George Bernard Shaw ( 26 July 1856 – 2 November 1950), known at his insistence simply as Bernard Shaw, was an Irish playwright (who held both British and Irish citizenship), critic and polemicist whose influence on Western theater, culture, and politics extended from the 1880s to his death and beyond. He wrote more than sixty plays, including major works such as Man and Superman (1903), Pygmalion (1913) and Saint Joan (1923). With a range incorporating both contemporary satire and historical allegory, Shaw became the leading dramatist of his generation. He was the first person to be awarded both a Nobel Prize and an Academy Award, receiving the 1925 Nobel Prize in Literature and sharing the 1938 Academy Award for Best Adapted Screenplay for the film version of Pygmalion.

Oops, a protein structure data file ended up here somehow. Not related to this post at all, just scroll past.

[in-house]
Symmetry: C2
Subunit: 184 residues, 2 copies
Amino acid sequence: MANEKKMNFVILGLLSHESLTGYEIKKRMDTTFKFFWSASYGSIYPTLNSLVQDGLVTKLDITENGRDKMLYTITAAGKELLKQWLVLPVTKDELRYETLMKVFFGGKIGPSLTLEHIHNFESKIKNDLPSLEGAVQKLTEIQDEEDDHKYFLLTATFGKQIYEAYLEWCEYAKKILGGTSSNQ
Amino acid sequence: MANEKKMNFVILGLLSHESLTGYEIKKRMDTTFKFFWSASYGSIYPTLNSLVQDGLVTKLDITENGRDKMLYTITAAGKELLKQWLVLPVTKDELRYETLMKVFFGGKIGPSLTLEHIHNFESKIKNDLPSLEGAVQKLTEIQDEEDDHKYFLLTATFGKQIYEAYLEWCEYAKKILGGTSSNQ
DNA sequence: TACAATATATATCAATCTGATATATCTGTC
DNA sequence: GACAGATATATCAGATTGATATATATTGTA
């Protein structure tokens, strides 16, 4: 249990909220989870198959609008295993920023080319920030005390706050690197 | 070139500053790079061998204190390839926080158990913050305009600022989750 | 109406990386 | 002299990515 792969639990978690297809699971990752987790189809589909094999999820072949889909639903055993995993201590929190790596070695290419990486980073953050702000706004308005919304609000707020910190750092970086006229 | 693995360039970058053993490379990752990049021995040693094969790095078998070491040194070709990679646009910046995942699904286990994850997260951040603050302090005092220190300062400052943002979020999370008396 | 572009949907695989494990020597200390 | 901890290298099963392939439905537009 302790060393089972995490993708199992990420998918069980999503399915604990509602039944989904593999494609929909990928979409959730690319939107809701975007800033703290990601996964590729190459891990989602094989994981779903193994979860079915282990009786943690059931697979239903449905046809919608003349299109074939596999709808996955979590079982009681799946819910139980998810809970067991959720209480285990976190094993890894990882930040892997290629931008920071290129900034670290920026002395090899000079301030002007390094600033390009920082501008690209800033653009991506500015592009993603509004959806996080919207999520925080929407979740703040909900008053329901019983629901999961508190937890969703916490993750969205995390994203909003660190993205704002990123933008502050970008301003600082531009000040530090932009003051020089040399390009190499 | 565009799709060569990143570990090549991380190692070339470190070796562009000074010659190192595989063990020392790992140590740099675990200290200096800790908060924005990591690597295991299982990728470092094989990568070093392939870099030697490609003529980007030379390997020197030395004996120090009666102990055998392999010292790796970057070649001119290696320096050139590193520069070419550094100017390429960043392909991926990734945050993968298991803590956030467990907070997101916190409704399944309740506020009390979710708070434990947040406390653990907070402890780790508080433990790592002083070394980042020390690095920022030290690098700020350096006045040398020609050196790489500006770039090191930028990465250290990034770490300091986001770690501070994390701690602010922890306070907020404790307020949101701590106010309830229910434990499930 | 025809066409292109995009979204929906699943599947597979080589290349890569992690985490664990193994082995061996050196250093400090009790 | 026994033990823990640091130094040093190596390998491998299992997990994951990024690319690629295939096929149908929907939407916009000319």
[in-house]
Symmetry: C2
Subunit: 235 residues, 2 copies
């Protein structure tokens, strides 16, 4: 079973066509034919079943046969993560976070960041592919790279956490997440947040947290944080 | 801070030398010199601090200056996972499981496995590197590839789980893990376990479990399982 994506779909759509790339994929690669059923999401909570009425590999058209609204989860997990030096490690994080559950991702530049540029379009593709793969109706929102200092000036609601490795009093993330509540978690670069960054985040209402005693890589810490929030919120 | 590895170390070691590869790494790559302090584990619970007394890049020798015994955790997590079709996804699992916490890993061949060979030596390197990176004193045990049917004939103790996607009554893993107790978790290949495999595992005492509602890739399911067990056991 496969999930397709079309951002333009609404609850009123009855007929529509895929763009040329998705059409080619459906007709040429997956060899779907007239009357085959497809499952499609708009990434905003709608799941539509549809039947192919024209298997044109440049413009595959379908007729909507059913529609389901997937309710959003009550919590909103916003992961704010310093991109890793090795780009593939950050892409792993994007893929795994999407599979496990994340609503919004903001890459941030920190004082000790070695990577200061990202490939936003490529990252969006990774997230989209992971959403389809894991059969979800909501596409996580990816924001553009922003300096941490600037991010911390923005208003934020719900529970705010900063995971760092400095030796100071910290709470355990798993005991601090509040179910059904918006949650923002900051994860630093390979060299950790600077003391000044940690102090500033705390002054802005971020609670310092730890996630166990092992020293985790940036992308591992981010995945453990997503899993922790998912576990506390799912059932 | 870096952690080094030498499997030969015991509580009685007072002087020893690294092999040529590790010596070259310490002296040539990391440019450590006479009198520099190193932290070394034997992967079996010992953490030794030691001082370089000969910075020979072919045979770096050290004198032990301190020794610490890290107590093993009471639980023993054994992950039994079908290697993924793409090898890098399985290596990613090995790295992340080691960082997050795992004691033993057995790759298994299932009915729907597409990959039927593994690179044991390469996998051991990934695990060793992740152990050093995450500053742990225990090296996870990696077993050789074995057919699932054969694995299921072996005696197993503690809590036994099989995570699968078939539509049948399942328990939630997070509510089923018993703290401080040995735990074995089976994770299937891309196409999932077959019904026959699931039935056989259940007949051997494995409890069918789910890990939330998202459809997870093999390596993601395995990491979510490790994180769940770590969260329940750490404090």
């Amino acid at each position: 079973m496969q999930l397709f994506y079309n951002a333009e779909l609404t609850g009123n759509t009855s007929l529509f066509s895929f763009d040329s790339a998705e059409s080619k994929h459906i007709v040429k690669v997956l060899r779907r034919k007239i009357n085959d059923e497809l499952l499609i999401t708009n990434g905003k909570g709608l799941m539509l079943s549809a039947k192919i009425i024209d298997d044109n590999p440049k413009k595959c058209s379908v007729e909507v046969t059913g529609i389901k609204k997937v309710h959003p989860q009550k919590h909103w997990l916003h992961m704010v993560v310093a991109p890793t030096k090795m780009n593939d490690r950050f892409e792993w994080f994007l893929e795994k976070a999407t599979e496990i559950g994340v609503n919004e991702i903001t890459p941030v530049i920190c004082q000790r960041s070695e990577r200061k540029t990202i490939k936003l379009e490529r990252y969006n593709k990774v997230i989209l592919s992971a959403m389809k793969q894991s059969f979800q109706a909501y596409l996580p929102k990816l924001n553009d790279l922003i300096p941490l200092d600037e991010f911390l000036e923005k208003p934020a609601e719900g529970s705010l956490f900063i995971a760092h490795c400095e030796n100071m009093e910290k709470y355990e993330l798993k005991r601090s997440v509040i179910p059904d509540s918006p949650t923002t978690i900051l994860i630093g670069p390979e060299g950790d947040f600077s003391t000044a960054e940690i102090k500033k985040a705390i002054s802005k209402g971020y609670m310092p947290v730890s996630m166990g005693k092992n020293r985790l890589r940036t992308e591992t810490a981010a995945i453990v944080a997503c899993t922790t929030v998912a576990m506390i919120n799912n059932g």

“A life spent making mistakes is not only more honorable but more useful than a life spent doing nothing.”
“There are two tragedies in life. One is not to get your heart’s desire. The other is to get it.”
“Some men see things as they are and ask why. Others dream things that never were and ask why not.”